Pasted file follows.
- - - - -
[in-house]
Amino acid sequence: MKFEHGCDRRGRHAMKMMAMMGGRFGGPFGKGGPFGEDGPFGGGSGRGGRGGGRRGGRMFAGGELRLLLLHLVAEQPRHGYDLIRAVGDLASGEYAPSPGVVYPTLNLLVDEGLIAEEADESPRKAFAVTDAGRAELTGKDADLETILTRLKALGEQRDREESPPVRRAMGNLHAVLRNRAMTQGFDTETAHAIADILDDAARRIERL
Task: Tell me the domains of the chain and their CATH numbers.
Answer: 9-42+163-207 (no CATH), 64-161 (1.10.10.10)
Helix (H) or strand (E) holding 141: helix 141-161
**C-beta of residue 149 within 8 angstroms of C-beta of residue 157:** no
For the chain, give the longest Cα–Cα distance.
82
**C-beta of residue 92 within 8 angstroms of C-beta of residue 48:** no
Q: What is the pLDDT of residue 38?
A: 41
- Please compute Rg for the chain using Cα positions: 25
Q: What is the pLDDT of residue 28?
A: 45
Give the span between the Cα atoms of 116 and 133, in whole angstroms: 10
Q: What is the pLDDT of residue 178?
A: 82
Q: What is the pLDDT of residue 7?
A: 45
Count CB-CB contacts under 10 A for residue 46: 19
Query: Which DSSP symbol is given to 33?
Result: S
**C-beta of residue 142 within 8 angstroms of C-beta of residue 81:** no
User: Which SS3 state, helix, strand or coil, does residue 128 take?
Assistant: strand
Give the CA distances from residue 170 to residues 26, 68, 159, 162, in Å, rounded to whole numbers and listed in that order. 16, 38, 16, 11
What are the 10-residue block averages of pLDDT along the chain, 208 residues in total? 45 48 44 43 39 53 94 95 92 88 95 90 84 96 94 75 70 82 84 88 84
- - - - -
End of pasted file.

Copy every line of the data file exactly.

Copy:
[in-house]
Amino acid sequence: MKFEHGCDRRGRHAMKMMAMMGGRFGGPFGKGGPFGEDGPFGGGSGRGGRGGGRRGGRMFAGGELRLLLLHLVAEQPRHGYDLIRAVGDLASGEYAPSPGVVYPTLNLLVDEGLIAEEADESPRKAFAVTDAGRAELTGKDADLETILTRLKALGEQRDREESPPVRRAMGNLHAVLRNRAMTQGFDTETAHAIADILDDAARRIERL
Task: Tell me the domains of the chain and their CATH numbers.
Answer: 9-42+163-207 (no CATH), 64-161 (1.10.10.10)
Helix (H) or strand (E) holding 141: helix 141-161
**C-beta of residue 149 within 8 angstroms of C-beta of residue 157:** no
For the chain, give the longest Cα–Cα distance.
82
**C-beta of residue 92 within 8 angstroms of C-beta of residue 48:** no
Q: What is the pLDDT of residue 38?
A: 41
- Please compute Rg for the chain using Cα positions: 25
Q: What is the pLDDT of residue 28?
A: 45
Give the span between the Cα atoms of 116 and 133, in whole angstroms: 10
Q: What is the pLDDT of residue 178?
A: 82
Q: What is the pLDDT of residue 7?
A: 45
Count CB-CB contacts under 10 A for residue 46: 19
Query: Which DSSP symbol is given to 33?
Result: S
**C-beta of residue 142 within 8 angstroms of C-beta of residue 81:** no
User: Which SS3 state, helix, strand or coil, does residue 128 take?
Assistant: strand
Give the CA distances from residue 170 to residues 26, 68, 159, 162, in Å, rounded to whole numbers and listed in that order. 16, 38, 16, 11
What are the 10-residue block averages of pLDDT along the chain, 208 residues in total? 45 48 44 43 39 53 94 95 92 88 95 90 84 96 94 75 70 82 84 88 84